The Internet will soon be quite different, as downloaders of illegal software, movies and songs will be seen as criminals and will be cracked down as criminals are under TPP.
You might be wondering how come this will happen? Well, the WikiLeaks documents dump from Trans-Pacific Partnership trade calls for internet service providers to provide IDs of all the users who are involved in downloading of anything that is deemed illegal to download.
The documents dumped were analyzed by ZDnet who identified the documents asking for identities of any person downloading illegal stuff. Though, this is only limited to the nations who are part of the TPP.
What that means is that all the ISPs that come within the agreement will have to track all the data downloaded and report if they find any suspicious data being downloaded.
ZDnet also reflected on one more important point that they found in the documents.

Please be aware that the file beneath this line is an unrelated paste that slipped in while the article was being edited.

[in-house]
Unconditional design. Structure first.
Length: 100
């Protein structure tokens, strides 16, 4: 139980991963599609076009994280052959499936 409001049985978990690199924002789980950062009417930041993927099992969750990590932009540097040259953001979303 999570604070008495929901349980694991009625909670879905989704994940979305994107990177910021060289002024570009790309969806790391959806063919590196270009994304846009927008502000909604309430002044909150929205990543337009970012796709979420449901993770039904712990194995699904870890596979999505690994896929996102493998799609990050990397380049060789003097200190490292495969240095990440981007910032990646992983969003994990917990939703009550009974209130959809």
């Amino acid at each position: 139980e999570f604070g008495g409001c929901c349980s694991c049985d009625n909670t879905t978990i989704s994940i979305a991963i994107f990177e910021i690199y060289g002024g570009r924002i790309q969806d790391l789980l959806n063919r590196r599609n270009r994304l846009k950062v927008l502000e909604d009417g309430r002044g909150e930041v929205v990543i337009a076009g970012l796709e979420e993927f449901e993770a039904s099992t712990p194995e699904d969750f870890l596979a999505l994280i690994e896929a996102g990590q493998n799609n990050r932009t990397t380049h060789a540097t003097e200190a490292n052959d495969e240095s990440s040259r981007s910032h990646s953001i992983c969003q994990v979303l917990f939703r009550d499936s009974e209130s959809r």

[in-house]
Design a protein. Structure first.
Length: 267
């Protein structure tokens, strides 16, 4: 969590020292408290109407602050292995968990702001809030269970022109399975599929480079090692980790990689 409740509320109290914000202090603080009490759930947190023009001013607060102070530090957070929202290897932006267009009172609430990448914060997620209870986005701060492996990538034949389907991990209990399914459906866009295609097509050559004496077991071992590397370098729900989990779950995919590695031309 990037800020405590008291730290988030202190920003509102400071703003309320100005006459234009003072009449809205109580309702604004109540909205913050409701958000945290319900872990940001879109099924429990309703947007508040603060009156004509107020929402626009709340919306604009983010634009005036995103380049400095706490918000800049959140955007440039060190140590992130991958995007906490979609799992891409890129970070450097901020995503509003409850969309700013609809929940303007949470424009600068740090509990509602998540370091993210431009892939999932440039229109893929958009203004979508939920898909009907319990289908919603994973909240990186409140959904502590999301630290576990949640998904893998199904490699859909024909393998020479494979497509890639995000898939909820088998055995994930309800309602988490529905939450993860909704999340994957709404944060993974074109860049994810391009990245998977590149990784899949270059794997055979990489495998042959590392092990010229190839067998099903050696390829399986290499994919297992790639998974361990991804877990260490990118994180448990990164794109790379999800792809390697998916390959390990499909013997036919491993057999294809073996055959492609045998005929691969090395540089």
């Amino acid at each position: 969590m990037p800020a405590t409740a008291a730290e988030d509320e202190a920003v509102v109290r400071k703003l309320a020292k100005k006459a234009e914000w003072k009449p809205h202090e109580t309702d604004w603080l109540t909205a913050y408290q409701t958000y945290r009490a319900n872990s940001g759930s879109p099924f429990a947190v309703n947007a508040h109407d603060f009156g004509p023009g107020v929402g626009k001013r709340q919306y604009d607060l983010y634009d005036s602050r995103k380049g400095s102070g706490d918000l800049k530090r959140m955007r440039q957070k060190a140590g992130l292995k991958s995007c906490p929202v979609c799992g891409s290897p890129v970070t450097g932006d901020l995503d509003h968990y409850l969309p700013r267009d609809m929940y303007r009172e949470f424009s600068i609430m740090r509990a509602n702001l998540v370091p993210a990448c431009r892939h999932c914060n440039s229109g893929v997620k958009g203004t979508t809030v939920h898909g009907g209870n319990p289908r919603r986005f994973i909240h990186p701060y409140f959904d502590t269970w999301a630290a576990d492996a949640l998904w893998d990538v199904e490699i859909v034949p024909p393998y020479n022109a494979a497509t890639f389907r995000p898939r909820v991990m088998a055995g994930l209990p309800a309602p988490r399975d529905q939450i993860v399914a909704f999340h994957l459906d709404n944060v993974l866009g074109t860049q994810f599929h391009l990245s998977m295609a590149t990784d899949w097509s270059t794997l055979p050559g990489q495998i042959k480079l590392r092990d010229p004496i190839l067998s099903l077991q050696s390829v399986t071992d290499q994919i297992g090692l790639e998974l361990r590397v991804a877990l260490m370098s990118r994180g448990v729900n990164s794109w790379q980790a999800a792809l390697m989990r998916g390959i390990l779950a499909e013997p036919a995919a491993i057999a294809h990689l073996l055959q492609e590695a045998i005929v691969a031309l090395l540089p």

They found a big difference in the earlier versions of the agreement and the new one, in the earlier ones the cost of tracking down the users was on the actual owners of the materials.
But, in the new version all the costs have been shifted to the ISPs, the document states that:
“Expeditiously remove or disable access to material residing on their networks or systems upon obtaining actual knowledge of the infringement.”
This clearly reflects on how both the ISPs and the users in upcoming would be under the pump.
Though, this agreement is not finalized yet, but according to WikiLeaks the latest version leaked to the public is final and would be agreed on soon.
What is The Trans-Pacific Partnership (TPP)?
The Trans-Pacific Partnership (TPP) is a proposed trade agreement between twelve Pacific Rim countries concerning a variety of matters of economic policy.
However, it is under massive criticism since the beginning, even by the online hacktivists Anonymous who hacked U.S. Census Bureau in July 2015 and leaked a trove of confidential data against the TTIP/TPP.